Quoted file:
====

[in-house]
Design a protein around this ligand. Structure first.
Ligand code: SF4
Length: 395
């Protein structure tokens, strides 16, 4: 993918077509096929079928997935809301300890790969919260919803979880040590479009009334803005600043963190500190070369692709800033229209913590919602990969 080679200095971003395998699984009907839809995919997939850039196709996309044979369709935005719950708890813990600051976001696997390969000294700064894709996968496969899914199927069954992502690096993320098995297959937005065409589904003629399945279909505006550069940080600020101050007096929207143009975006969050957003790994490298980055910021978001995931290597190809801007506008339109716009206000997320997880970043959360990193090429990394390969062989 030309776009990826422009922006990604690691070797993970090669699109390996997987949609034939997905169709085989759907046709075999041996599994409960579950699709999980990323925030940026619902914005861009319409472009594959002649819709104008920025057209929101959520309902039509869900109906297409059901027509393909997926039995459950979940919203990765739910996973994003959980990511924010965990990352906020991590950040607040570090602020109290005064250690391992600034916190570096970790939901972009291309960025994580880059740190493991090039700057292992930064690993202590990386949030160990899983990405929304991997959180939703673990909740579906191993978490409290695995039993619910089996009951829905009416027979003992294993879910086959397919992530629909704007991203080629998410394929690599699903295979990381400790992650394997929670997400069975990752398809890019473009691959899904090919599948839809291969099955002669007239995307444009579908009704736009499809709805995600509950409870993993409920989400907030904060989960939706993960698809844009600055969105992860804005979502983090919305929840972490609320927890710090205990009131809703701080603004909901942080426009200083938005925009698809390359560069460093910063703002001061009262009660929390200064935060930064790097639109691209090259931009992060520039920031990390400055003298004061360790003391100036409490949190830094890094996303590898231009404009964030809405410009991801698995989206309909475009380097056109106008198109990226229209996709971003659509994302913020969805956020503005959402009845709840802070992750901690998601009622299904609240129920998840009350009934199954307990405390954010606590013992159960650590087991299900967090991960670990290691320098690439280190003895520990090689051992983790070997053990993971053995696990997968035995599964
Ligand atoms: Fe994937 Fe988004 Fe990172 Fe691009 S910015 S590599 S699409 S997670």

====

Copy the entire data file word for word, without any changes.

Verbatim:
[in-house]
Design a protein around this ligand. Structure first.
Ligand code: SF4
Length: 395
């Protein structure tokens, strides 16, 4: 993918077509096929079928997935809301300890790969919260919803979880040590479009009334803005600043963190500190070369692709800033229209913590919602990969 080679200095971003395998699984009907839809995919997939850039196709996309044979369709935005719950708890813990600051976001696997390969000294700064894709996968496969899914199927069954992502690096993320098995297959937005065409589904003629399945279909505006550069940080600020101050007096929207143009975006969050957003790994490298980055910021978001995931290597190809801007506008339109716009206000997320997880970043959360990193090429990394390969062989 030309776009990826422009922006990604690691070797993970090669699109390996997987949609034939997905169709085989759907046709075999041996599994409960579950699709999980990323925030940026619902914005861009319409472009594959002649819709104008920025057209929101959520309902039509869900109906297409059901027509393909997926039995459950979940919203990765739910996973994003959980990511924010965990990352906020991590950040607040570090602020109290005064250690391992600034916190570096970790939901972009291309960025994580880059740190493991090039700057292992930064690993202590990386949030160990899983990405929304991997959180939703673990909740579906191993978490409290695995039993619910089996009951829905009416027979003992294993879910086959397919992530629909704007991203080629998410394929690599699903295979990381400790992650394997929670997400069975990752398809890019473009691959899904090919599948839809291969099955002669007239995307444009579908009704736009499809709805995600509950409870993993409920989400907030904060989960939706993960698809844009600055969105992860804005979502983090919305929840972490609320927890710090205990009131809703701080603004909901942080426009200083938005925009698809390359560069460093910063703002001061009262009660929390200064935060930064790097639109691209090259931009992060520039920031990390400055003298004061360790003391100036409490949190830094890094996303590898231009404009964030809405410009991801698995989206309909475009380097056109106008198109990226229209996709971003659509994302913020969805956020503005959402009845709840802070992750901690998601009622299904609240129920998840009350009934199954307990405390954010606590013992159960650590087991299900967090991960670990290691320098690439280190003895520990090689051992983790070997053990993971053995696990997968035995599964
Ligand atoms: Fe994937 Fe988004 Fe990172 Fe691009 S910015 S590599 S699409 S997670």